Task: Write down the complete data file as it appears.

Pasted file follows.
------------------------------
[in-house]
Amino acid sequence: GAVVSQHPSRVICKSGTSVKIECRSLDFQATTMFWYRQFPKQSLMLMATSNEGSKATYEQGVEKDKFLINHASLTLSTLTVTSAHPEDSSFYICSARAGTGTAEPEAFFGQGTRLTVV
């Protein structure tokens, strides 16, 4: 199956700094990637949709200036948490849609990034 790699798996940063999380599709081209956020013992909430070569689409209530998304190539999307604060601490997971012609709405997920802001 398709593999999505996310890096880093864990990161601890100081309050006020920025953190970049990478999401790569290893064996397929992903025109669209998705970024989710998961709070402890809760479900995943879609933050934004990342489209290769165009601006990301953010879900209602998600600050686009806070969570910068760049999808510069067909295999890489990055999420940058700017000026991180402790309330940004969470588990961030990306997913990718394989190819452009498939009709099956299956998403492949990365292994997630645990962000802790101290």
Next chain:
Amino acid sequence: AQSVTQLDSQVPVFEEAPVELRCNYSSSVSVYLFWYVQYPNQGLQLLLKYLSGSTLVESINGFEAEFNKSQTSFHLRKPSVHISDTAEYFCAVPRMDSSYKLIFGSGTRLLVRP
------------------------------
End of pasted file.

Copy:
[in-house]
Amino acid sequence: GAVVSQHPSRVICKSGTSVKIECRSLDFQATTMFWYRQFPKQSLMLMATSNEGSKATYEQGVEKDKFLINHASLTLSTLTVTSAHPEDSSFYICSARAGTGTAEPEAFFGQGTRLTVV
């Protein structure tokens, strides 16, 4: 199956700094990637949709200036948490849609990034 790699798996940063999380599709081209956020013992909430070569689409209530998304190539999307604060601490997971012609709405997920802001 398709593999999505996310890096880093864990990161601890100081309050006020920025953190970049990478999401790569290893064996397929992903025109669209998705970024989710998961709070402890809760479900995943879609933050934004990342489209290769165009601006990301953010879900209602998600600050686009806070969570910068760049999808510069067909295999890489990055999420940058700017000026991180402790309330940004969470588990961030990306997913990718394989190819452009498939009709099956299956998403492949990365292994997630645990962000802790101290």
Next chain:
Amino acid sequence: AQSVTQLDSQVPVFEEAPVELRCNYSSSVSVYLFWYVQYPNQGLQLLLKYLSGSTLVESINGFEAEFNKSQTSFHLRKPSVHISDTAEYFCAVPRMDSSYKLIFGSGTRLLVRP